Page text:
MasterCard, HSBC, Wells Fargo

MasterCard, HSBC, Wells Fargo join forces for regulated digital asset settlement platform proof-of-concept trial

Along with some of its United States Banking peers, MasterCard (NASDAQ: MA) is expanding its poison chalice tentacles further into the digital asset space with its participation in a new proof-of-concept (PoC) project aimed at creating a regulated digital asset settlement platform.

Announced on Tuesday, the PoC is a joint venture by the Federal Reserve Bank of New York’s New York Innovation Centre (NYIC) alongside HSBC, MasterCard, and Wells Fargo, to test a digital money platform called the Regulated Liability Network (RLN). It will use distributed ledger technology, or blockchain, to “improve financial settlements.”

The project also draws participation from several central banks, commercial banks, and “regulated non-banks,” including BNY Mellon, Citi, PNC Bank, Swift, TD Bank, Truist, and U.S. Bank.

The 12-week PoC will test a version of the RLN design that operates in U.S. dollars, where commercial banks issue simulated digital money, or “tokens,” representing the deposits of their own customers and settle through simulated central bank reserves on a shared ‘multi-entity’ distributed ledger.

The project will also test whether a programmable digital money design is extendable to other digital assets and the system’s viability within existing laws and regulations.

The group behind the PoC claims that “the concept could potentially be extended to multi-currency operations and regulated stablecoins.” This suggests one aim might be to further bridge the gap between traditional banking and ‘stablecoin’—to some, the digital currency equivalent of a gateway drug and to others, an untrustworthy misuse of the technology.

One key takeaway from the announcement is that it serves as more proof if it were needed, of MasterCard’s increasing efforts to control the future narrative of digital currency, or perhaps more accurately, the lack-of-future of digital currency.

“MasterCard invested in Blockstream, Lightning Labs, and all the other infrastructure partners of Lightning Network in order to run a controlled opposition campaign against the big blockers so that bitcoin could never scale. Lightning’s purpose is for people to ‘just use fiat,'” explained Bitcoin Historian Kurt Wuckers Jr., in an August 2021 tweet.

The water gets murky when looking into the various investments of MasterCard and the venture capital firms that it backs, but by some estimates, up to 90% of the public infrastructure for BTC is in the control of the interconnected network of MasterCard, Blockstream and the Digital Currency Group.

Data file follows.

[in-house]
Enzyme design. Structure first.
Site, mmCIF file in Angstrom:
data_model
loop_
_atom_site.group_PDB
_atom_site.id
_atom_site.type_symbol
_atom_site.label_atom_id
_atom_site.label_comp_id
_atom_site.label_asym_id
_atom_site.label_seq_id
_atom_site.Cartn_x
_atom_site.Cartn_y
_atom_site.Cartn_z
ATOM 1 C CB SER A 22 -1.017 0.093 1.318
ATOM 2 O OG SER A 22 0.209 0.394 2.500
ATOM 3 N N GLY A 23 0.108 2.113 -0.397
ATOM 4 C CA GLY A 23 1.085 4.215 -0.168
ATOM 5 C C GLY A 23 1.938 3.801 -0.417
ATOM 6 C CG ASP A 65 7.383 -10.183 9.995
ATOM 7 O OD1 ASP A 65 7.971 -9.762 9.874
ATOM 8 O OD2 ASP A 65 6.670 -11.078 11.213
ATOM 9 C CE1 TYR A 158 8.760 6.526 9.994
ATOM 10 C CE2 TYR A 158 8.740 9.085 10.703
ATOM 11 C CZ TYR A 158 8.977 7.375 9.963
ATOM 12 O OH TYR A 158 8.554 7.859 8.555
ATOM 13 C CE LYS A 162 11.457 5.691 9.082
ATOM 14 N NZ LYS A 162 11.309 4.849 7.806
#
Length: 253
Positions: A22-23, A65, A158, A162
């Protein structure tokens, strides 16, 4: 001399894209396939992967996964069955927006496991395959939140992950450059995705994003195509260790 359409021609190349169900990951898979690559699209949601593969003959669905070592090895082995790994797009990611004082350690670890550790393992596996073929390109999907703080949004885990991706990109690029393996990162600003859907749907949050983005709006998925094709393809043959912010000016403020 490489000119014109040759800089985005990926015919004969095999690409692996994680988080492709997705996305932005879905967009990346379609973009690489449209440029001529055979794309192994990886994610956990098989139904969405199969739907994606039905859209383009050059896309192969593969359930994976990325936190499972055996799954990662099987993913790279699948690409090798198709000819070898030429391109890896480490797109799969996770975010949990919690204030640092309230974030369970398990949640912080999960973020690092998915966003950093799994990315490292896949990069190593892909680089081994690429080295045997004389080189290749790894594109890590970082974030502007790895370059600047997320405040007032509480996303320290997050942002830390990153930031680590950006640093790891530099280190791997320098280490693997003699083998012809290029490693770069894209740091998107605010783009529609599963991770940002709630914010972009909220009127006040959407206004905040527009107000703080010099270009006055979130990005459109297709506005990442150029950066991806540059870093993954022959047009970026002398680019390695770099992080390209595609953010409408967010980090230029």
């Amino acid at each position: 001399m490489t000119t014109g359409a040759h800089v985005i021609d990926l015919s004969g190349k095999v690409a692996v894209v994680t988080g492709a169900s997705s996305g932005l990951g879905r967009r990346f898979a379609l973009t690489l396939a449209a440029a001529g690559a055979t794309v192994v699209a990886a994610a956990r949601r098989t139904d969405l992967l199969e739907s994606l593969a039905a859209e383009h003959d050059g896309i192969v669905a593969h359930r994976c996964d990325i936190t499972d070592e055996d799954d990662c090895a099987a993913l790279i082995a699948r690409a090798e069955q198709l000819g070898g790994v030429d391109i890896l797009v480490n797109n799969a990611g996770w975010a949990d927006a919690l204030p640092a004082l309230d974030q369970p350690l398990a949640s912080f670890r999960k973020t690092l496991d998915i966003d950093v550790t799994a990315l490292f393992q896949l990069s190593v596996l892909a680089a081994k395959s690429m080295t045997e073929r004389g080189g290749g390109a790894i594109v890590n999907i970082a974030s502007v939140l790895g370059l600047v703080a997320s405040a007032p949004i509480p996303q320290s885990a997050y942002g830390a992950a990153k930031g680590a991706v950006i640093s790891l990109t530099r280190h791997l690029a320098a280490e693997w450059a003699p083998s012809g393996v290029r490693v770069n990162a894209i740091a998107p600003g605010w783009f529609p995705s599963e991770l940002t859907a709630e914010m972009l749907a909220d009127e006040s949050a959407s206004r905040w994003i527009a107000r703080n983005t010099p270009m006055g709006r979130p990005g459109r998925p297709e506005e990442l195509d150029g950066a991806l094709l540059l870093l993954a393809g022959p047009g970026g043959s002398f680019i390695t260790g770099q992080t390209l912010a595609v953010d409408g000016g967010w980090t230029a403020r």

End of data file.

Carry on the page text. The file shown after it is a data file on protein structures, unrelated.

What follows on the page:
These investments make the planned PoC a strange move, particularly if Mastercard truly does subscribe to the everyday adoption of the likes of BTC, as its investments in Blockstream and DCG seem designed to suggest.

The stated ‘scope’ of the PoC project is to simulate digital money issued by regulated institutions in U.S. dollars, testing the RLN to “create opportunities to improve financial settlements.” By ‘improve financial settlements’ read ‘make faster and more secure,’ which on the face of it is not necessarily a bad thing, and yet we are left to wonder who will be in charge of this distributed ledger network and how it might shape future digital asset regulation in the United States.

With its extensive BTC-related portfolio, MasterCard has positioned itself well to significantly cash in by facilitating and verifying such transactions and, in the process, further divert the original purpose of this technology.

Should this latest experiment in the possibilities of distributed ledger technology prove a success, MasterCard could become one the key ground-floor players in a traditional banking ‘revolution’ that seems inevitable to see decentralized finance theory used—or perverted, depending on your point of view—to build the U.S.’ own central bank digital currency (CBDC), though the press release was quick to shut down any such speculation:

“This project will be conducted in a test environment and only use simulated data. It is not intended to advance any specific policy outcome, nor is it intended to signal that the Federal Reserve will make any imminent decisions about the appropriateness of issuing a retail or wholesale CBDC, nor how one would necessarily be designed.”

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